.\New-ContainerHost.ps1 –VmName <newVMName> –Password <NewVMPassword> -SkipDocker –SwitchName <PhysicalHostSwitch>
This issue is easy enough to diagnose – your VM’s guest OS can’t get a DHCP address so you connect the VM’s vNIC to the host’s virtual switch.
This is the sticky issue because it deals with new stuff. New-NetNat will create:
… a Network Address Translation (NAT) object that translates an internal network address to an external network address. NAT modifies IP address and port information in packet headers.
Fab! Except it kept failing in my lab with this error:
Net-NetNat : No Matching interface was found for prefix (null).
This wrecked my head. I was about to give up on Containers when it hit me. I’d already tried building my own VM and I had downloaded and ran a script called Install-ContainerHost in a VM to enable Containers. I logged into my VM and there I found Install-ContainerHost on the root of C:. I copied it from the VM (running Server Core) to another machine with a UI and I edited it using ISE. I searched for 172.16.0.0 and found a bunch of stuff for parameters. A variable called $NATSubnetPrefix was set to “172.16.0.0/12”.
There was the issue. My lab’s network address is 172.16.0.0/16; this wasn’t going to work. I needed a different range to use behind the NATing virtual switch in the container VM host. I edited the variable to define a network address for NATing of “192.168.250.0/24”:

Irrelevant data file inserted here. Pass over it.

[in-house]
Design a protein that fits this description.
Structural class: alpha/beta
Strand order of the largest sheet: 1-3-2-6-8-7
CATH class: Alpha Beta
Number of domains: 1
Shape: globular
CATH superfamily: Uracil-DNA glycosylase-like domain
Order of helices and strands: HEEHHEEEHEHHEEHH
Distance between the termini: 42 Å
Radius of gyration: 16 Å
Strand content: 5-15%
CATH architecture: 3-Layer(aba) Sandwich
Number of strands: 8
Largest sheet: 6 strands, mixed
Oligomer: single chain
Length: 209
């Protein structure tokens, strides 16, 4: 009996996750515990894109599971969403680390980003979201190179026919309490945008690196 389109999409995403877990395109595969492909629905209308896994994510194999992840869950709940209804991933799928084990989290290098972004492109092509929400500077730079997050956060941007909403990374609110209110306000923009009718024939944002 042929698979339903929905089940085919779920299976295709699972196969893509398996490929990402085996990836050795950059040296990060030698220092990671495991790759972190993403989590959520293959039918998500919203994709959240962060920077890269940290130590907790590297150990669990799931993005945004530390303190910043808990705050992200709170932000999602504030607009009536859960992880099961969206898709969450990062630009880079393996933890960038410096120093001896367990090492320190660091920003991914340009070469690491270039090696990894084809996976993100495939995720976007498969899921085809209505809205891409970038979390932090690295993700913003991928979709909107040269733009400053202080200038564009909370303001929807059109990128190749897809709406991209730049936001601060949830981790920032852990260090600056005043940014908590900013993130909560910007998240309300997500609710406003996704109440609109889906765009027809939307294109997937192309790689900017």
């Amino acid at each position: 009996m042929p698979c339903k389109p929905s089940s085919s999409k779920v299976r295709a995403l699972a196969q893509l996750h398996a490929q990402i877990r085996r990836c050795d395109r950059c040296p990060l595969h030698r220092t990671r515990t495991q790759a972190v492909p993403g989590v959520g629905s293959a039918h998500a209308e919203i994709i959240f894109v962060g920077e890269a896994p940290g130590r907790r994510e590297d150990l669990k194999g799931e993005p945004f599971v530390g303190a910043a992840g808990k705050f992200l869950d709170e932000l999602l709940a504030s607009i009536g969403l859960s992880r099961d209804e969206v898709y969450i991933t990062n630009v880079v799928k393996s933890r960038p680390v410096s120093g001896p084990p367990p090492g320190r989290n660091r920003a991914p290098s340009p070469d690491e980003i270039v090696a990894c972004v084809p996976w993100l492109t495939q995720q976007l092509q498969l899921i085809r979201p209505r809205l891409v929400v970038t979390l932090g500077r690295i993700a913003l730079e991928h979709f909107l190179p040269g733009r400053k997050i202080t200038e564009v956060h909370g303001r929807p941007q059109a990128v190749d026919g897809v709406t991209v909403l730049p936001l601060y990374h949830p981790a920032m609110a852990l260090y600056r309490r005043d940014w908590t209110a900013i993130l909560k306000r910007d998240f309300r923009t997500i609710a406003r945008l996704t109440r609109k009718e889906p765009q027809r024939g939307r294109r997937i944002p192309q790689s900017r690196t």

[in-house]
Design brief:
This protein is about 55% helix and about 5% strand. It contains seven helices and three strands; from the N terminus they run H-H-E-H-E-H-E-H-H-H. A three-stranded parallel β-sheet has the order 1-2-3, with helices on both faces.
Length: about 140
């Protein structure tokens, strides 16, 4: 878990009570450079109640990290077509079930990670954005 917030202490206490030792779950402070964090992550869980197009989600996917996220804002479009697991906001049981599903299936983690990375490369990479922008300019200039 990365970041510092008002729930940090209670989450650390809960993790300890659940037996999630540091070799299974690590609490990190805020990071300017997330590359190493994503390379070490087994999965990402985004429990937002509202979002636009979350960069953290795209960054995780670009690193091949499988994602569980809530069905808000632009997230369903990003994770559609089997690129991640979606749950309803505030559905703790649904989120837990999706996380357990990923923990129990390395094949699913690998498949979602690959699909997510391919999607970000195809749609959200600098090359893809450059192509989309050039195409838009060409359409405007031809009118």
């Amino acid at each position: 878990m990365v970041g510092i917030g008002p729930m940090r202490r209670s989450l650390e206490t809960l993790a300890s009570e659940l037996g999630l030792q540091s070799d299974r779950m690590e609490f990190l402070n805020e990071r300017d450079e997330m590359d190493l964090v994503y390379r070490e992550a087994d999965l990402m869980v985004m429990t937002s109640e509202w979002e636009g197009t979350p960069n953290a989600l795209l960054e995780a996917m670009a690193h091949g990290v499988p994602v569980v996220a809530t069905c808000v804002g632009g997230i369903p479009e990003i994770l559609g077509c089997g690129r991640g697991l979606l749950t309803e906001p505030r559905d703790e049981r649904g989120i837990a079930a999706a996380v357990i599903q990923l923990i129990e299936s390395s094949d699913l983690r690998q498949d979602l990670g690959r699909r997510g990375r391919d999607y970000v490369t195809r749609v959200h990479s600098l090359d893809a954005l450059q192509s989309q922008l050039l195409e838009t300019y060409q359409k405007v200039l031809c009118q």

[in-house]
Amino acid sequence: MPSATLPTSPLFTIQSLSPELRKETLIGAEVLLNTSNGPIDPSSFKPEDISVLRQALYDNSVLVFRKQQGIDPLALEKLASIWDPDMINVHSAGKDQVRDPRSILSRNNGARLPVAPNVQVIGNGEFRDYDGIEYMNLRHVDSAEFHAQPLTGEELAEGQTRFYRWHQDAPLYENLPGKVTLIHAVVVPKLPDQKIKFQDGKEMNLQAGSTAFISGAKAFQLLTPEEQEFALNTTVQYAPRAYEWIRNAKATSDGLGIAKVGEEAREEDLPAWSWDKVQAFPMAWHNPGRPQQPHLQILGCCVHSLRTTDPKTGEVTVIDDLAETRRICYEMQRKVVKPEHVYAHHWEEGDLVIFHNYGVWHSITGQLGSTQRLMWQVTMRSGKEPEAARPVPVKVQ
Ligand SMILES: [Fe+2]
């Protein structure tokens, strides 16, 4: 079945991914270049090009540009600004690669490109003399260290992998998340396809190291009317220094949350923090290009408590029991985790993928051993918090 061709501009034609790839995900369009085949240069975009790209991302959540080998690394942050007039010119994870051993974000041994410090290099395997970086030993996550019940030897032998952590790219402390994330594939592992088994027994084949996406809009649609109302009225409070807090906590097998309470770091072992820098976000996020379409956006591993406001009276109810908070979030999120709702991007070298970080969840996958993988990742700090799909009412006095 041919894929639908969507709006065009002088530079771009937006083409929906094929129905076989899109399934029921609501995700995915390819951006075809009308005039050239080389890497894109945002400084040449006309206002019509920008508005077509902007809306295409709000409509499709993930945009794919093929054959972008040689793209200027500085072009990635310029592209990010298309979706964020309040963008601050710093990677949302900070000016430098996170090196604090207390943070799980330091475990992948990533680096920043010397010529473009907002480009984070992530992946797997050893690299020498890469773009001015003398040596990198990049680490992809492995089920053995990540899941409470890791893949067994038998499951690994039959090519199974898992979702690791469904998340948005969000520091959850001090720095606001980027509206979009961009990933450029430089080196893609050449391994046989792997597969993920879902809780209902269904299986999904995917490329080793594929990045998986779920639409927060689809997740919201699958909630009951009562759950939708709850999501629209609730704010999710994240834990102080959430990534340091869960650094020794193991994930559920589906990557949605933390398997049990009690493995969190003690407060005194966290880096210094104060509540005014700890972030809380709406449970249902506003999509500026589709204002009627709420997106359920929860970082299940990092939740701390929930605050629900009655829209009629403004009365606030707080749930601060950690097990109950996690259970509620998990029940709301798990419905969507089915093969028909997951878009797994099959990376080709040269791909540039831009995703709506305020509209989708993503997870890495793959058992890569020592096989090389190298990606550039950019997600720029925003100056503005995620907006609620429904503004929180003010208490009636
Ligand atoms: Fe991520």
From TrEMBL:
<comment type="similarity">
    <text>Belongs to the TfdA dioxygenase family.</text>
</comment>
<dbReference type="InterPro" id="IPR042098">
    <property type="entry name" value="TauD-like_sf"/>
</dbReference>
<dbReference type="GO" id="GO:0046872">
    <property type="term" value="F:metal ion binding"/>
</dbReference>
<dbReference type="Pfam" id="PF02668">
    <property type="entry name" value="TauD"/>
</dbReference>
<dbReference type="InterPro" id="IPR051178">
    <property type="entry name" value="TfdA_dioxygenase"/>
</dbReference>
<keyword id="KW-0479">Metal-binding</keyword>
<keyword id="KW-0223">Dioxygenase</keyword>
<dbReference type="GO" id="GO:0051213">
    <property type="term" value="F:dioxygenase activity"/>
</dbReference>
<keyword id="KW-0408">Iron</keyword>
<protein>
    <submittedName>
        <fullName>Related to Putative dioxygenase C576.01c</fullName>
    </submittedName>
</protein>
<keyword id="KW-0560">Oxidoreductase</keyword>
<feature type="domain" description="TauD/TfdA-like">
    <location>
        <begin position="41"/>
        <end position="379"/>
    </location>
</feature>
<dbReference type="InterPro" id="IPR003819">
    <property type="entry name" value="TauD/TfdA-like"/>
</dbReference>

I removed the VM switch and then re-ran Install-ContainerHost in the VM. The script ran perfectly. Let’s say the VM had an address of 172.16.250.40. I logged in and created a new container (the container OS image is on the C:). I used Enter-PSRemote to log into the container and I saw the container had an IP of 192.168.250.2. This was NATed via the virtual switch in the VM, which in turn is connected to the top-of-rack switch via the physical host’s virtual switch.
Sorted. At least, that was the fix for a broken new container VM host. How do I solve this long term?
I can tell you that mounting the downloaded WindowsServer_en-us_TP3_Container_VHD.vhd and editing New-ContainerHost there won’t work. Microsoft appears to download it every time into the differencing disk.
The solution is to get a copy of Install-ContainerHost.PS1 (from the VHD) and save it onto your host or an accessible network location. Then you run New-ContainerHost with the –ScriptPath to specify your own copy of Install-ContainerHost. Here’s an example where I saved my edited (the new NAT network address) copy of Install-ContainerHost on CSV1:
.\New-ContainerHost.ps1 –VmName NewContainerVM –Password P@ssw0rd -SkipDocker -SwitchName SetSwitch -ScriptPath "C:\ClusterStorage\CSV1\Install-ContainerHost.ps1"
That runs perfectly, and no hacks are required to get containers to talk on the network. I then successfully deployed IIS in a container, enabled a NATing rule, and verified that the new site was accessible on the LAN.